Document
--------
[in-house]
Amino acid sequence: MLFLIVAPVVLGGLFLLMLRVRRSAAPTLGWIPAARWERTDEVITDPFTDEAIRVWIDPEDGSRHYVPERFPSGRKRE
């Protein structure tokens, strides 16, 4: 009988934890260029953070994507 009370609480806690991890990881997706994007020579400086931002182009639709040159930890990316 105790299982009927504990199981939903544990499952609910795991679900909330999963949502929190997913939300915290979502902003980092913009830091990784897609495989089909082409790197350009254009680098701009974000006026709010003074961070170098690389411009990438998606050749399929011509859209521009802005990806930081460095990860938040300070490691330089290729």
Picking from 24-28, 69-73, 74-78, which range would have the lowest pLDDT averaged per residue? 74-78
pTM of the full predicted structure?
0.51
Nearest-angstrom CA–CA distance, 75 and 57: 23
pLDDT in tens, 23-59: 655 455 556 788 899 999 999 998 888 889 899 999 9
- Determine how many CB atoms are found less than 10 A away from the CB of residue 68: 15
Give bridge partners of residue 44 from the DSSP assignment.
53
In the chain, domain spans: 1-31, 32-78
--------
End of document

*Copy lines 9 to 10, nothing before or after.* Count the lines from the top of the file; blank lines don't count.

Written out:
- Determine how many CB atoms are found less than 10 A away from the CB of residue 68: 15
Give bridge partners of residue 44 from the DSSP assignment.